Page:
Mysterious 'Purple Blob' Spotted Off California Coast
The unidentified purple orb could represent a previously unknown type of egg sac or a new species.
A mysterious "purple blob" in the Pacific Ocean off of California's southern coast was spotted this week by Ocean Exploration Trust's vessel, Nautilus.
The as-of-yet unidentified purple orb could represent a previously unknown type of egg sac or a new species, according to researchers aboard the vessel, which has been streaming live footage. The moment of discovery, complete with the scientists' comments and a curious crab, was captured in full on video:
As the video shows, the colorful orb was sucked into the vessel. Shortly thereafter, Nautilus Live shared via social media that the find was collected from the Arguello Canyon near the NOAA Channel Islands National Marine Sanctuary.
"After sampling," the statement reads, "it began to unfold to reveal two distinct lobes. This may be a new species of nudibranch, or sea slug."
Several hours later, this update was posted: "We're still working on a species ID with our science partners, but currently we're thinking the purple orb is a pleurobranch, a nudibranch relative."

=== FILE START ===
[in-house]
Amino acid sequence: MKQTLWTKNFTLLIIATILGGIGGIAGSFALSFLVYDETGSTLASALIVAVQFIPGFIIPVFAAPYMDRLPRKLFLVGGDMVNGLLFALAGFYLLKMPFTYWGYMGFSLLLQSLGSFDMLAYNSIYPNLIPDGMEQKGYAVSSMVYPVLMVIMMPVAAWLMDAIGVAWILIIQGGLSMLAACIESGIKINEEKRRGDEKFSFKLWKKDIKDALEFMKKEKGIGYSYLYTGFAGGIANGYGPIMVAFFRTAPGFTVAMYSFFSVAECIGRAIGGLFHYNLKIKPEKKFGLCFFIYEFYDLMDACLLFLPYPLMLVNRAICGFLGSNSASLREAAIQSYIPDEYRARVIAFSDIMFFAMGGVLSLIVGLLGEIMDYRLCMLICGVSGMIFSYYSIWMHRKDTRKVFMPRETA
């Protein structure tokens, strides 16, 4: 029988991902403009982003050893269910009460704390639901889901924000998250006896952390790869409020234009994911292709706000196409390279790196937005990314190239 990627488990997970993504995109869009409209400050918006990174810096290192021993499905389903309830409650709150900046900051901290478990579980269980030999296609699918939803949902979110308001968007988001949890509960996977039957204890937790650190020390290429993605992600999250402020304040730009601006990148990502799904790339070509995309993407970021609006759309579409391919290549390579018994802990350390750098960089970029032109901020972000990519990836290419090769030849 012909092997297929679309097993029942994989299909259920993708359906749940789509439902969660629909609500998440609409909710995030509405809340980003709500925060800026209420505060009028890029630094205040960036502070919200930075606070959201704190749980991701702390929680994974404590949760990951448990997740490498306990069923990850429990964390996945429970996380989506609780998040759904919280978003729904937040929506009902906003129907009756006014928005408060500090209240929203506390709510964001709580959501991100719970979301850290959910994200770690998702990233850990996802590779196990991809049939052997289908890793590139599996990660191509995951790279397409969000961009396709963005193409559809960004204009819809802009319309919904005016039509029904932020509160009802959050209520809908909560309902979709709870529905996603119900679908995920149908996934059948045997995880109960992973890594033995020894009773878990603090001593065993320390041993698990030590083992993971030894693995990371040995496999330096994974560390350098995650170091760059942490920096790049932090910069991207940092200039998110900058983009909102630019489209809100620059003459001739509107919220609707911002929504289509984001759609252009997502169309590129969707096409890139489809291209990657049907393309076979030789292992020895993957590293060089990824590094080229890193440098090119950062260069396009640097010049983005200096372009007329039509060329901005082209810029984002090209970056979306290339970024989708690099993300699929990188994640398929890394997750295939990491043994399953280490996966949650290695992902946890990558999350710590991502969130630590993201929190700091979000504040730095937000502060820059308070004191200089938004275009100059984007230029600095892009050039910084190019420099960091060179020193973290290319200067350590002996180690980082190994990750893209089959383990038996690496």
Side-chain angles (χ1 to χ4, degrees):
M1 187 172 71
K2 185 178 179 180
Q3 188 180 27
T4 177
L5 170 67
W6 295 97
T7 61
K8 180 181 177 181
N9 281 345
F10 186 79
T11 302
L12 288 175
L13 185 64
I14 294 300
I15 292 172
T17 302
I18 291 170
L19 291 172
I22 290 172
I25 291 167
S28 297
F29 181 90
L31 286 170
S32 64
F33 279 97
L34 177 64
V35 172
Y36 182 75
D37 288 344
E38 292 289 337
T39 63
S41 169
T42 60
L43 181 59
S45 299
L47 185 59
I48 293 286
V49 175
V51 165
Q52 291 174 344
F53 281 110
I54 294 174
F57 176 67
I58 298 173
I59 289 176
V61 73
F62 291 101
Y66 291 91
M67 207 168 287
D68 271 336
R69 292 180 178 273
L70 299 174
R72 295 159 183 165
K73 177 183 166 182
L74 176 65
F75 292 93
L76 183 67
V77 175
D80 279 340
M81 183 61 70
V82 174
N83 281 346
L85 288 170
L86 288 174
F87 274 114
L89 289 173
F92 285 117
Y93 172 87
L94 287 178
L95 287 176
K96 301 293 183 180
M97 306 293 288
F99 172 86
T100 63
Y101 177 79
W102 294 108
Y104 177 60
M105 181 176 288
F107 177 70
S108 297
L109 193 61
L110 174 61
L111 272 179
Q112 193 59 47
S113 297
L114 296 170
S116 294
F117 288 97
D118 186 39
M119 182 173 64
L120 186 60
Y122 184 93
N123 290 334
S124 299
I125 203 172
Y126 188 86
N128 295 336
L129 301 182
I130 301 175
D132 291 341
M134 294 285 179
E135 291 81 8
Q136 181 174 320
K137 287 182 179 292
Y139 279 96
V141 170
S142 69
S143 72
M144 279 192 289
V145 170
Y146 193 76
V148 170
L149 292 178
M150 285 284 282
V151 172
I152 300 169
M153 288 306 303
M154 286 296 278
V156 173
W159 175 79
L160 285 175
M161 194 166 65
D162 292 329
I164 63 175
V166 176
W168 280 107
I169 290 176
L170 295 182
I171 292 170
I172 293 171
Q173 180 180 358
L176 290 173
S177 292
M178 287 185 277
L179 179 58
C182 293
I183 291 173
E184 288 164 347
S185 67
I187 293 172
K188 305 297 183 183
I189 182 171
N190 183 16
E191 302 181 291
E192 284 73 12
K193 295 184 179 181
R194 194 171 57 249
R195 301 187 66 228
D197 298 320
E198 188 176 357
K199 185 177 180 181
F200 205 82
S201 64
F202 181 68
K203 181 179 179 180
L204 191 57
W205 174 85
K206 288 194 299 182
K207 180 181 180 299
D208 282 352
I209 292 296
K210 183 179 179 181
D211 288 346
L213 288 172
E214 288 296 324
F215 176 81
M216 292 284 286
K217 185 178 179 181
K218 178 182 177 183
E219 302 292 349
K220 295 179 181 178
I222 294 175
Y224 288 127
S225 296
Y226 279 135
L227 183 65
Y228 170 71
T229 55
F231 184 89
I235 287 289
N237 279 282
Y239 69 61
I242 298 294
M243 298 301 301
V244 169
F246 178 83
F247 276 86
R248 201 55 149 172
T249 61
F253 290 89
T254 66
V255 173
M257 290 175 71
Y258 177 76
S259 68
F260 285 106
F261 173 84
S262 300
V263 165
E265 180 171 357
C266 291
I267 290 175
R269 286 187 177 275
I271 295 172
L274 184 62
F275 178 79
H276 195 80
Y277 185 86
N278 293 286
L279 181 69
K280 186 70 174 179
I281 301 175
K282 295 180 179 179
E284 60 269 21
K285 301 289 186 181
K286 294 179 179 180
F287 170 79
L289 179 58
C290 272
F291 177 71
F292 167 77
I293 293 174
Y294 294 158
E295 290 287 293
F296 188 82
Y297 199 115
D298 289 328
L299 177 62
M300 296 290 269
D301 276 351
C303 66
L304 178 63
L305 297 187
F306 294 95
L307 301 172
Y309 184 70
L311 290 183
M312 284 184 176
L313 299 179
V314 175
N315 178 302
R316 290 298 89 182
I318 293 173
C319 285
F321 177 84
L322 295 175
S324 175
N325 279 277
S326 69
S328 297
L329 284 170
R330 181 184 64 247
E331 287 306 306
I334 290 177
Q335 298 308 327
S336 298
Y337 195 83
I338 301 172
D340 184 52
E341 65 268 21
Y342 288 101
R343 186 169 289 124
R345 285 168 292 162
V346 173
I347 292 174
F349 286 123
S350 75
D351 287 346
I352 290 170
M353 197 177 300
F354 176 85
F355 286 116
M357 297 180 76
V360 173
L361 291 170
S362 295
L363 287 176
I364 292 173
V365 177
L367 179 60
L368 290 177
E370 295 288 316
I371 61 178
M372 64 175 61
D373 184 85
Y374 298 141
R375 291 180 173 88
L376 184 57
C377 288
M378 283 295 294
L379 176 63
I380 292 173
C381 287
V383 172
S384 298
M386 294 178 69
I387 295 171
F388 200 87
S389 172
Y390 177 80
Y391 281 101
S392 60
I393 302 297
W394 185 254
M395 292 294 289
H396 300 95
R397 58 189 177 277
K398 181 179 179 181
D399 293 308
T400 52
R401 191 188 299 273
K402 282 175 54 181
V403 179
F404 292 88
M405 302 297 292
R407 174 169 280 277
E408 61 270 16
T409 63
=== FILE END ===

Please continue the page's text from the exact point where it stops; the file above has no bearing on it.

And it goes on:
Pleurobranchs are a type of sea slug that have a prominent outer covering called a mantle and an internal shell that reduces, or is entirely lost, in adults. Pleurobranchs often visually stand out from the substrate.
As researchers further analyze the still mysterious orb, Nautilus has continued its exploration of waters off the southern California coast. A short while ago, the scientists posted the following image saying: "From mysterious purple orbs to this crinoid on a column of whelk snail eggs, we never know what we'll find on the deep sea floor!"
Crinoids are marine animals that have been around for about 450 million years, putting their earliest days ahead of dinosaurs. They are referred to as living fossils since their basic anatomy has not noticeably changed much over the years.